Wissenschaft - PewPewPew


via FuckYeahScienceFiction

Am Abend des 12. November 1971, kurz bevor die Marssonde Mariner 9 in das Orbit des Planeten eintrat, fanden sich Ray Bradbury, Arthur C. Clarke, Walter Sullivan, Bruce Murray, und Carl Sagan zu einem Synopsium zusammen. Bradbury las dabei sein Gedicht “If Only We Had Taller Been” vor. Gänsehaut.

Ich muss mir das heute ins Blog kleben: Dragon dockte heute als erste private Raumkapsel der Firma SpaceX an der ISS an. Big. Fucking. Deal. Und das auf den Tag genau 35 Jahre nach Star Wars. Science Boner! Details via Wired.

Richard Dawkins in conversation with Neil deGrasse Tyson about the big questions of science, including how our minds evolved to handle abstraction, whether we’ll discover intelligent life in the universe, how consciousness works, and why The Blob is a much better alien than ET.

(Ich mag es, wie Sagan “humans” ausspricht. Hoomans.)

Heute vor genau 100 Jahren sank die Titantic. Nun gibt es dank National Geographic eine neue, interessante Animation vom Untergang der Titanic nach dem heutigen Stand. Kommentar kommt von niemand geringem als James Cameron, der sich aber, wie es scheint, ein wenig zu viel mit der Materie auseinander gesetzt hat und den emotionalen Abstand verloren hat. Badabing badaboom!

“Die meisten Menschen sehen da am Himmel nur einen schönen Schweif und wünschen sich etwas. Der Einweihte weiß: Dort draußen lauert das Unheil.”

They can be mean and nasty, and they can mess up our planet big time.

They are near-Earth objects, dubbed NEOs, celestial flotsam such as asteroids or comets that can, and have, scored direct hits on our humble home planet.

A new international consortium has been launched to address the impact threat to Earth, but, more pointedly, to organize, prepare and implement mitigation measures.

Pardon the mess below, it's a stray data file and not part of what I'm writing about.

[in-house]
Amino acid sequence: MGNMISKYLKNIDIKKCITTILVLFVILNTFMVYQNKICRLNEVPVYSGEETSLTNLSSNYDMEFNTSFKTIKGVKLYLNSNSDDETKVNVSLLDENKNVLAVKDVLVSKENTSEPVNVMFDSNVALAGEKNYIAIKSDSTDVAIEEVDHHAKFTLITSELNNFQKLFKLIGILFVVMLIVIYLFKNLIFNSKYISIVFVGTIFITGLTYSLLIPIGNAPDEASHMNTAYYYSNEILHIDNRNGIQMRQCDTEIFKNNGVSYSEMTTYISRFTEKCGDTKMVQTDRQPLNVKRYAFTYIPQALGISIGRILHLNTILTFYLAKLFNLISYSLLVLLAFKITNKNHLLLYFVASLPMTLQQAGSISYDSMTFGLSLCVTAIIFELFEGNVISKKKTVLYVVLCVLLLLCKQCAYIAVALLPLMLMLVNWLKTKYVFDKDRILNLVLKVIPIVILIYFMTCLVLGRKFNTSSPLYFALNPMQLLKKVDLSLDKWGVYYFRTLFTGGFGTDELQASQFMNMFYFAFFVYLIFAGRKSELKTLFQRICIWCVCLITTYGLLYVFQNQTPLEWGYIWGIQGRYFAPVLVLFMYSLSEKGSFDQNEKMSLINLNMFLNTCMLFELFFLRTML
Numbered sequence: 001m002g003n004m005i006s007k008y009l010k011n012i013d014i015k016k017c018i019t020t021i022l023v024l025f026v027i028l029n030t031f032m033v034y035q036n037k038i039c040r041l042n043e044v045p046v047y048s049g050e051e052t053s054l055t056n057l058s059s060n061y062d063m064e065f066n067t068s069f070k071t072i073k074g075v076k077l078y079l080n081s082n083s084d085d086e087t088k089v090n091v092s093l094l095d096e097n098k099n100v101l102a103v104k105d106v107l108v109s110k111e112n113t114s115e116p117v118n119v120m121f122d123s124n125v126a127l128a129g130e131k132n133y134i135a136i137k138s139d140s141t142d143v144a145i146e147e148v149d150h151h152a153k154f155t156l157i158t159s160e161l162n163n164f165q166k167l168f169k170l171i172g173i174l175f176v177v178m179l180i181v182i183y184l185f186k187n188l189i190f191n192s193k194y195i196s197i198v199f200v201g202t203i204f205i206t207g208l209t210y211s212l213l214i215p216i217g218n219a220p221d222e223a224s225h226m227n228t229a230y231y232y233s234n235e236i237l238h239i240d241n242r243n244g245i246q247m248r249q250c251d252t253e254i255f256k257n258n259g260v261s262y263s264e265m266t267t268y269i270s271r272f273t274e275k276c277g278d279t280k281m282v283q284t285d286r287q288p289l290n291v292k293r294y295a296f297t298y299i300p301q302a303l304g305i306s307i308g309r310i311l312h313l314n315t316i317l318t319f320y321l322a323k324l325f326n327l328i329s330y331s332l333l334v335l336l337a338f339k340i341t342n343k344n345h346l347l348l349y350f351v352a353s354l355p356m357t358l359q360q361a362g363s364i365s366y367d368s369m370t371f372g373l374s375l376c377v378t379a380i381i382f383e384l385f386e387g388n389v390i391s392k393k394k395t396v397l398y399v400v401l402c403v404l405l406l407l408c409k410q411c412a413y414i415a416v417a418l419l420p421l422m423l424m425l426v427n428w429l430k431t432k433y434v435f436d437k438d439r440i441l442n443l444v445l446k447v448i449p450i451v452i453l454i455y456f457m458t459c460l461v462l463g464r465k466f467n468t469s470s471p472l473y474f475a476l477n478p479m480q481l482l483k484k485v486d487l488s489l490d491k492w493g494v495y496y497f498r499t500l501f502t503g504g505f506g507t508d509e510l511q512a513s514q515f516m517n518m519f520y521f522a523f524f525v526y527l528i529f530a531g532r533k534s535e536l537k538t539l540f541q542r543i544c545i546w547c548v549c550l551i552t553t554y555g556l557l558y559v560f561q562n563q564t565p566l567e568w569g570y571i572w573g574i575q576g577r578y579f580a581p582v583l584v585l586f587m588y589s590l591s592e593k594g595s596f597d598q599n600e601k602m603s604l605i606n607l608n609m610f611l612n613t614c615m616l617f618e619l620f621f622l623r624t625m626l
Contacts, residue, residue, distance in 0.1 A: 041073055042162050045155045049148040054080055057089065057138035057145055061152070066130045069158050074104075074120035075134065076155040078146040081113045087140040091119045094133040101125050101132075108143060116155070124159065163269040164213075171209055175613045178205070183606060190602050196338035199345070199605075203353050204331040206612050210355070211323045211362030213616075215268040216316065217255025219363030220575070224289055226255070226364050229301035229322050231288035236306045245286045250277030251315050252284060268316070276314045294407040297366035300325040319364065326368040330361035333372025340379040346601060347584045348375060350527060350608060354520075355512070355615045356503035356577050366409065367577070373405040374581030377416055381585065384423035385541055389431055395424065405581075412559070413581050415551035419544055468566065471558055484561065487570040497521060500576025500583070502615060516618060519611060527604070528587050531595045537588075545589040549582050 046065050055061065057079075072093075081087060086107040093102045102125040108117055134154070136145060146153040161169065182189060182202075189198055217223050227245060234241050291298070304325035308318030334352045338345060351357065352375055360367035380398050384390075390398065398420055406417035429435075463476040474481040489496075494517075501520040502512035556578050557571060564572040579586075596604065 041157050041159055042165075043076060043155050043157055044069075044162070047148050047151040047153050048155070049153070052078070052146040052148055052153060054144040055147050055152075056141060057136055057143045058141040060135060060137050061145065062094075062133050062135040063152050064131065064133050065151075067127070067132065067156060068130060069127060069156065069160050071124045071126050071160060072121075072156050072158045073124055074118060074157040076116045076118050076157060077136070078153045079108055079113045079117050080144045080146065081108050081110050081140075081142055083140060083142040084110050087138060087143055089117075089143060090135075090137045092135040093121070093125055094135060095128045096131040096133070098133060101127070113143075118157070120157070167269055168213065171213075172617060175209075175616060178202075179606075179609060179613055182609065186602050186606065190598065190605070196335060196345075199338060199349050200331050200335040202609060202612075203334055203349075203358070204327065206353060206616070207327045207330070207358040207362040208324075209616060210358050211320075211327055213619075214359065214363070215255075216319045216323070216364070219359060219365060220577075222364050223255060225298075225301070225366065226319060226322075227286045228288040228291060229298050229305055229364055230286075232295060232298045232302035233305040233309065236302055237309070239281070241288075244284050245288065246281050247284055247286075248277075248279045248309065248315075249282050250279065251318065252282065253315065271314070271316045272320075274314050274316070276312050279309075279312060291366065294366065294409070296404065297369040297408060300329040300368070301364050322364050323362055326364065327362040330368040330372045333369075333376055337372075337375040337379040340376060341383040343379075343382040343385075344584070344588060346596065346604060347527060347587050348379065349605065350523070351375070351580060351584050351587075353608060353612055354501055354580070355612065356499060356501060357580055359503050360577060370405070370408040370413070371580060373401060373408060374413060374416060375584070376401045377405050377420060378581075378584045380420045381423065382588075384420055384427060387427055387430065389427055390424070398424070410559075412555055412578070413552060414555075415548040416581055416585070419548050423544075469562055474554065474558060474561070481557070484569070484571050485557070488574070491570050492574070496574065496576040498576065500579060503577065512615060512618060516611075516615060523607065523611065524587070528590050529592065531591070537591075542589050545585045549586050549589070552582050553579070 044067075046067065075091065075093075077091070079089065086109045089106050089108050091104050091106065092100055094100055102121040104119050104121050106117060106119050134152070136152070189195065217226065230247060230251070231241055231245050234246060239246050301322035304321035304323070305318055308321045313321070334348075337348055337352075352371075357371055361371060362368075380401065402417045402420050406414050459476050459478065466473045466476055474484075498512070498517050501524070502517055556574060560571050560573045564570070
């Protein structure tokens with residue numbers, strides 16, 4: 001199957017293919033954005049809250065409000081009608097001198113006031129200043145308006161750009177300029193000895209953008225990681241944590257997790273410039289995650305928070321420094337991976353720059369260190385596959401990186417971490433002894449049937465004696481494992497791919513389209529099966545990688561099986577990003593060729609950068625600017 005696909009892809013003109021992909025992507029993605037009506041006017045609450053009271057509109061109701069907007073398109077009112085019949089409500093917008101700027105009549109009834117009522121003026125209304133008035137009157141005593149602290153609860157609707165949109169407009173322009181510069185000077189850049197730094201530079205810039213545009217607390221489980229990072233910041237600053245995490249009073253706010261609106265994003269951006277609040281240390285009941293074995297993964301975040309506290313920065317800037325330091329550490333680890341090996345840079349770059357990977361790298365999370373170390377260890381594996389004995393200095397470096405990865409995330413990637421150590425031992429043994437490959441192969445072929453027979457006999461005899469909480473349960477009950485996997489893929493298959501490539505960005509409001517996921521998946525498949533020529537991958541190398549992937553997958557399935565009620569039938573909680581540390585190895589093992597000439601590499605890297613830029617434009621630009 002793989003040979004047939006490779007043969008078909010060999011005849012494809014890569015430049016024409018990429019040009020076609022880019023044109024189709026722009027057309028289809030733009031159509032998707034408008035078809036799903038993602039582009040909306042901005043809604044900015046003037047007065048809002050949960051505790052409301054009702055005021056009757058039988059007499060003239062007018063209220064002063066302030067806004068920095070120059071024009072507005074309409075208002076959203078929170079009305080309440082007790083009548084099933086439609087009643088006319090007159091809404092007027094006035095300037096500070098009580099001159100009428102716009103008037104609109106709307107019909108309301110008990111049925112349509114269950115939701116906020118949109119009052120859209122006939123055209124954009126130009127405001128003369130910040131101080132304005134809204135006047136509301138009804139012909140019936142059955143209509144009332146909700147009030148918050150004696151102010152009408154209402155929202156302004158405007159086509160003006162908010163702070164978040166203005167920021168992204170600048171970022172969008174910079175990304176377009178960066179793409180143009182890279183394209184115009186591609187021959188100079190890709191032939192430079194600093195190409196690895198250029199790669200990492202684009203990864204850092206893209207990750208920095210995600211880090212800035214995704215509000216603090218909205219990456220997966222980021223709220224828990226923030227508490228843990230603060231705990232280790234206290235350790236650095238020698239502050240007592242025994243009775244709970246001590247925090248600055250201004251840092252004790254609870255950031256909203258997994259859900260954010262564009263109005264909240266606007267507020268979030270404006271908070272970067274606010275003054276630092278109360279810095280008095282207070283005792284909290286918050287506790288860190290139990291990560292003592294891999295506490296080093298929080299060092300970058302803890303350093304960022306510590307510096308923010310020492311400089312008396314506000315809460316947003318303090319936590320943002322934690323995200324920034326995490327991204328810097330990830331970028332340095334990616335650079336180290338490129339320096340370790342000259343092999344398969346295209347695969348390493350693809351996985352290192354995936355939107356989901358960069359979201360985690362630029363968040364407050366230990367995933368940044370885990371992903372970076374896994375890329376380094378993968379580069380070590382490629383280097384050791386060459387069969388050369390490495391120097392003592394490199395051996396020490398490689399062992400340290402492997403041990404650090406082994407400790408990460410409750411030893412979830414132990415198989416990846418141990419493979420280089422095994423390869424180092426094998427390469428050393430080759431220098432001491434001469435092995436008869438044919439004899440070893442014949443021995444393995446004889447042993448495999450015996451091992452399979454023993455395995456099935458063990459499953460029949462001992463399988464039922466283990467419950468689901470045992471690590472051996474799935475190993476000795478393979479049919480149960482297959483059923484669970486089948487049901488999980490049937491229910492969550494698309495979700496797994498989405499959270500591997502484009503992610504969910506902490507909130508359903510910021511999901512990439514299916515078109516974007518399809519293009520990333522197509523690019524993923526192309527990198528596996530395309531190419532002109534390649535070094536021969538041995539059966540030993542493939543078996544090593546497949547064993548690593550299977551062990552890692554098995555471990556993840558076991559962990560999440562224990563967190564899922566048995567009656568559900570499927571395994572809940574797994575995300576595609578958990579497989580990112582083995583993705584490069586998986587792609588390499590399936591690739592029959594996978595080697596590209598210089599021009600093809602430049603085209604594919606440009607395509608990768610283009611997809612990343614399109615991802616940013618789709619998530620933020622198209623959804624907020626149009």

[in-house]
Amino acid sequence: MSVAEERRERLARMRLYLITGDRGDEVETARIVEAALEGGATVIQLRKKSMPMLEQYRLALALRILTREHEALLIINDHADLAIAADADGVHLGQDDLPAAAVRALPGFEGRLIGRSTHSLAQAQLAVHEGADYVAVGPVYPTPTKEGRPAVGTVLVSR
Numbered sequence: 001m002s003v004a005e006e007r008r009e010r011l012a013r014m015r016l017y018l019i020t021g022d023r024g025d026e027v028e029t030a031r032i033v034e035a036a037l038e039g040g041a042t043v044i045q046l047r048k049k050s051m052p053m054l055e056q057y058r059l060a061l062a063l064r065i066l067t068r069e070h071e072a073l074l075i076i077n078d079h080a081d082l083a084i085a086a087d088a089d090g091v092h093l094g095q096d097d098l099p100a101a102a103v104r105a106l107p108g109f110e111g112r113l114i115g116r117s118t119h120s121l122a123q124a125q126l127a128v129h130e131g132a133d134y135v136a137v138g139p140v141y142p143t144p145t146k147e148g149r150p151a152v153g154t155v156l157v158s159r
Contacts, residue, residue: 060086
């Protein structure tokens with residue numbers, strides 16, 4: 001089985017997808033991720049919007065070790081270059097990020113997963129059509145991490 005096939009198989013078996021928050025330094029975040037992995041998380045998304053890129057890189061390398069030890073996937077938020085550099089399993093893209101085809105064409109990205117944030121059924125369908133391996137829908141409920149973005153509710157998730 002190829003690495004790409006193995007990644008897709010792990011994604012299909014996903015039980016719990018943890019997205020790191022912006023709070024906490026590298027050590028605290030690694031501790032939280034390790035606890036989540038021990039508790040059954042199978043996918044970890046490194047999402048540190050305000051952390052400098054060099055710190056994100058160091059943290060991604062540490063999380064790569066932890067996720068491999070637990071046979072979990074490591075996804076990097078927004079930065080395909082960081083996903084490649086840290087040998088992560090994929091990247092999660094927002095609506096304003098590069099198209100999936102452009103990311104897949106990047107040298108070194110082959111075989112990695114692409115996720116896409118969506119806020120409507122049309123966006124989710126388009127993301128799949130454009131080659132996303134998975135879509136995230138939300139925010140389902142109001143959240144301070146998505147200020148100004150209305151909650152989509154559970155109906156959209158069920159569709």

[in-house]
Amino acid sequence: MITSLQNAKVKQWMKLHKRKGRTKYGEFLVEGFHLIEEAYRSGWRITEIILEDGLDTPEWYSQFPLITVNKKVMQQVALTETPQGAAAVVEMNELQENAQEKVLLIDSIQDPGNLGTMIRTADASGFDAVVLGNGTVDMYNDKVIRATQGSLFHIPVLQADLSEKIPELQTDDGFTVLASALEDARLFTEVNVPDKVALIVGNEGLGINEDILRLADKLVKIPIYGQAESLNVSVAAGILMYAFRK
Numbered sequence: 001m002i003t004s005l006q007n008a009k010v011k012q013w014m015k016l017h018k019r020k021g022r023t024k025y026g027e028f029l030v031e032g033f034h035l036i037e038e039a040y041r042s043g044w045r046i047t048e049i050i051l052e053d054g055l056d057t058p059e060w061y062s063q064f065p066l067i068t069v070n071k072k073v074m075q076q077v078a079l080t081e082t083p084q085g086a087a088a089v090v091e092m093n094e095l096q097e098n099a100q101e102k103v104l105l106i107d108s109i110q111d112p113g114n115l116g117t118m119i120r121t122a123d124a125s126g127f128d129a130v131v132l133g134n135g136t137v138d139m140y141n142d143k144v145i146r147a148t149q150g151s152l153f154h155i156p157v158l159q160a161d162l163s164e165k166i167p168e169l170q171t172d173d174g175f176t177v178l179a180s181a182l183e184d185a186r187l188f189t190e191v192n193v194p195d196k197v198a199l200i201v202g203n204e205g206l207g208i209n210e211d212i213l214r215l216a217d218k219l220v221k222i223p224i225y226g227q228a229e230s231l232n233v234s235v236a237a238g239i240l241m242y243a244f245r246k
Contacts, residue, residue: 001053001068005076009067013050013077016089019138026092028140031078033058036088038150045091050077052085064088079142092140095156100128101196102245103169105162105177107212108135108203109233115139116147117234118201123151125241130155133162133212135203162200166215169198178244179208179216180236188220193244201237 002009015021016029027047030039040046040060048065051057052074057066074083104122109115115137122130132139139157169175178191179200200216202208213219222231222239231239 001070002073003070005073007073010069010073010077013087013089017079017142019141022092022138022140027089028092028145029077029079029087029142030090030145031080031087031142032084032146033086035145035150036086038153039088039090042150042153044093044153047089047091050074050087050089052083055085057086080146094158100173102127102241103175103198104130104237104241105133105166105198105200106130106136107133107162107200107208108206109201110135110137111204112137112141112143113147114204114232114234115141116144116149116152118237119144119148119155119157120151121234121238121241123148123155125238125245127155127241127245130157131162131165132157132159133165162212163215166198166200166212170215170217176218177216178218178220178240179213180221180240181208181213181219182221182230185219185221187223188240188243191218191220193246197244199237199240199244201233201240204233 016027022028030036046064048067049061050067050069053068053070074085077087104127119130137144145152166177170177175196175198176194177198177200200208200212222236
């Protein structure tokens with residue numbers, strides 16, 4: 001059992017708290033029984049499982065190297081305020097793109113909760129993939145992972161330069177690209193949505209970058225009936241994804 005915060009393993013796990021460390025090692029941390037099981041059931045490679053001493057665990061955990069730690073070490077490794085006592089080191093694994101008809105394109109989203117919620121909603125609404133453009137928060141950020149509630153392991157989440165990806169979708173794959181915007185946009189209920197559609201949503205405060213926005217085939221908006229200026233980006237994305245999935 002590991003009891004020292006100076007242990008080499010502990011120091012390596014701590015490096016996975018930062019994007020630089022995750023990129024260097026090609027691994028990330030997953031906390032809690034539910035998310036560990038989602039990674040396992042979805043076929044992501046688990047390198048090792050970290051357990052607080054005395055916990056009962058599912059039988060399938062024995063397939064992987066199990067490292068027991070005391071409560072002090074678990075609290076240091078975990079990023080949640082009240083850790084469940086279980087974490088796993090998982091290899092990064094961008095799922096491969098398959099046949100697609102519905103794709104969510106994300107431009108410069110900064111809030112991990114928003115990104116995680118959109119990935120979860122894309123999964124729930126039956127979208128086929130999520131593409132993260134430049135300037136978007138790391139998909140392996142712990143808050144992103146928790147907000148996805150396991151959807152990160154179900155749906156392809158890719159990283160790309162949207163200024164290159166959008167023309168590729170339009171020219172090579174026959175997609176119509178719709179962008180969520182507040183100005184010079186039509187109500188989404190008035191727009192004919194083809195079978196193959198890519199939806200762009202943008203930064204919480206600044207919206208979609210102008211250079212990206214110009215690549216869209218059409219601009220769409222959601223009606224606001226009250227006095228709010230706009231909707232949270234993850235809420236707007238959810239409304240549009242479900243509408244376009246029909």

Called NEOShield, the European Commission is providing a significant amount of euros to support the initiative. The undertaking consists of research institutes, universities and industrial partners in Germany, France, the United Kingdom and Spain, as well as in the U.S. and Russia. via Space.com

Es ist eine glorreiche Woche für extravagante, die Tiefsee erkundende, Millionäre. Nach James Camerons Tauchgang im Marianengraben hat nun JEff Bezos, Chef von Amazon, die Rakete auf dem Meeresboden ausfindig gemacht, die Apollo 11 am 16. Juli 1969 ins Weltall beförderte. Sie soll wahrscheinlich gehoben werden, gehört jedoch so oder so der NASA. Dass diese, sofern die Verfassung der Raketen es noch mitmacht, ins Smithsonian kommen werden, gilt als ziemlich wahrscheinlich. So mag ich mir meine Millionäre. Hier Bezos Blogeintrag:

Millions of people were inspired by the Apollo Program. I was five years old when I watched Apollo 11 unfold on television, and without any doubt it was a big contributor to my passions for science, engineering, and exploration. A year or so ago, I started to wonder, with the right team of undersea pros, could we find and potentially recover the F-1 engines that started mankind’s mission to the moon?

I’m excited to report that, using state-of-the-art deep sea sonar, the team has found the Apollo 11 engines lying 14,000 feet below the surface, and we’re making plans to attempt to raise one or more of them from the ocean floor. We don’t know yet what condition these engines might be in – they hit the ocean at high velocity and have been in salt water for more than 40 years. On the other hand, they’re made of tough stuff, so we’ll see.

Though they’ve been on the ocean floor for a long time, the engines remain the property of NASA. If we are able to recover one of these F-1 engines that started mankind on its first journey to another heavenly body, I imagine that NASA would decide to make it available to the Smithsonian for all to see. If we’re able to raise more than one engine, I’ve asked NASA if they would consider making it available to the excellent Museum of Flight here in Seattle. (For clarity, I’ll point out that no public funding will be used to attempt to raise the engines, as it’s being undertaken privately.)

NASA is one of the few institutions I know that can inspire five-year-olds. It sure inspired me, and with this endeavor, maybe we can inspire a few more youth to invent and explore.

We’ll keep you posted.

Sincerely,

Jeff Bezos